The gneiss-granite rock sample made a heavy sound as my father, Dinabandhu Lahiri, a geologist by profession kept it on the table. He was reviewing the reports on granite that typically originated during the partial melting of the meta sedimentary rocks millions of years ago.Loads of files always formed a heap around the table, which he flipped through for hours on end. He was making a report on his study on the Garhwal and Kumaon Himalayas. His field of study had hovered around the three towns of Ranikhet, Someshwar, and Bageshwar. Apart from Bageshwar, the other two reside in the mountain district of Almora in Uttarakhand, India.
The Himalayan mountains in this area offer simply breathtaking views of snow, rock, that play hide and seek with a visitor through the curtain of pine, oak and deodar trees under the occasional azure sky.
My father regularly traveled between Ranikhet and Someshwar as the offices of the Indian Bureau of Mines spread across various small to big towns in this district. It was Ranikhet which qualified as a big town had its local postal offices, well equipped to handle the huge packs of dispatches that had to be processed to be sent to the headquarters every week. In the 1960s’, the mad rush of creating houses was not present, everything from buses, cars, and population were far less than what it is today, so the visitors were mesmerized by the natural beauty that the mountain ridges presented. Raneth, about a kilometre away to the north of Ranikhet where the team lead by my father had camped to study the geological formation of the area. Amidst the tall trees of deodar, circuitous roads ran along the hilly terrain, the views that surrounded were stupendous.
A remotely located local guest house was reserved for the members of the team. Along with my father, were my mother and sister too. The seven to ten days of the excursion was delightful for the family, as every day, nature painted hues of color and shades over the valley. A patch of opening shrouded with trees and shrubs formed the rear of the guest house. A makeshift swing adorned the middle of the small opening and it was the favorite spot where my mother spent the whole of the late morning with my sister in her lap and she only left it when the sound of the crunching pebbles under the approaching footsteps of my father broke her sleep. During this time, an American geologist from the United States, Mr. Johnson was also visiting and was working with my father.
Just like every day, my father stuck to his usual routine of coming back for his lunch at the guest house. Mr. Johnson was also with my father that day, discussing the rock samples which they had collected and been carrying. Traces of quartz stuck to few samples flashed the midday sun and formed silver patterns on the faces of the two walkers. Dense jungle and the foliage formed a dark canopy over the broken road which slowly climbed.
The Martini rifle hung loosely on my father’s right shoulder and he had unstrapped it to keep it somewhere when the half sleeved right hand of Mr. Johnson stopped my father on his track. His left-hand index finger was pointing at my mother. For moments, my father could not figure out anything amiss and looked back at Mr. Johnson.
They stood still and then my father saw it.
My mother by this time had seen them and smiled back and started to dislodge my sister and rise from the swing. She was still swaying gently and below her moving feet, there was a gap of about six inches. To his utter horror, my father saw that five feet fully grown cobra, dark brown to black, its skin sparkled in the sun lay on the grass. Its hood slightly raised was staring at the approaching and receding feet of my mother. No one knows how long this situation had existed. With left hand raised, my father asked my mother to stay absolutely still. He flung the canvas bag on the nearest couch and held the cold barrel of the rifle as the right hand slid from the butt to the trigger. He aimed the muzzle at her feet.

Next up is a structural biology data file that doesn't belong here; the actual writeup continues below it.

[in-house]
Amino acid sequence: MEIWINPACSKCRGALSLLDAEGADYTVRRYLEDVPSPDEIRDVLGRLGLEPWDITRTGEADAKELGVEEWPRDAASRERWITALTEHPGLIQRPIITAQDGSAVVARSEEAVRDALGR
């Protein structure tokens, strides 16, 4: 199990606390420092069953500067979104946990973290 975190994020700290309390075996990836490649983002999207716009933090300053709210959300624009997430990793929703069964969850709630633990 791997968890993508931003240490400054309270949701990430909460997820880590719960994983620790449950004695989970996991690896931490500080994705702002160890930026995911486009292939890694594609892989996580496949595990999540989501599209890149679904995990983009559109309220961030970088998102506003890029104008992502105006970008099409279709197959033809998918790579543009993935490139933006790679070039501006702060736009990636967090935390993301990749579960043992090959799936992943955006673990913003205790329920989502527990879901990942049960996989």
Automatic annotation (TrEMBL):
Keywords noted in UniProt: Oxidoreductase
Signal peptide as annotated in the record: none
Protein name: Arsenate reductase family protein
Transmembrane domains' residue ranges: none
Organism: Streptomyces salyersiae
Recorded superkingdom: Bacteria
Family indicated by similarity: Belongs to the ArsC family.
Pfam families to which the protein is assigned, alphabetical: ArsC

My mother completely flummoxed, with her smile slowly gone, eyebrows arching backward muttered “Did you not get anything else to take aim. Are n’t your prank perhaps overshooting its boundaries.“.
The trigger was pressed, a deafening sound echoed around the guest house and the valley. A flutter of birds could be seen leaving a branch of a distant tree. A bluish smoke left the barrel. My father had served the National Cadet Corps (NCC), in his early twenties and picked up the liking for guns and rifles, and had become a sharpshooter in the process.My mother, ashen-faced, completely taken aback by the incident, was too, staring at my father as the rifle barrel was lowered.
My sister had started to cry, as the sound of the gunfire, roared around. Mr. Johnson and my father covered the twelve feet and bent to see what had transpired. The cobra’s sheared head lay about four feet away from its body. My mother clinching my sister to her bosom, rose and looked around and saw the dead snake.The revolving bullet of the rifle had dismembered the cobra’s head in one clean sweep.
I have no clue how my mother had thanked my father for his presence of mind, his split-second decision. Incidents like these, make me glow with pride when I think of my father. When I was born, he had moved to a city life, leaving his adventurous and daring experiences behind.
I had seen him wearing the mantle of a bureaucrat who was busy with strategic meetings and visited foreign countries as an exploration geologist and a consultant, and he too used to score a perfect 10 in there.
I looked at his picture when I feel both, burnt out and elated. A smiling father, a mentor, cool as a cucumber looks back at me, with a slight smirk quivers, “Take it easy, son, just hang in there“.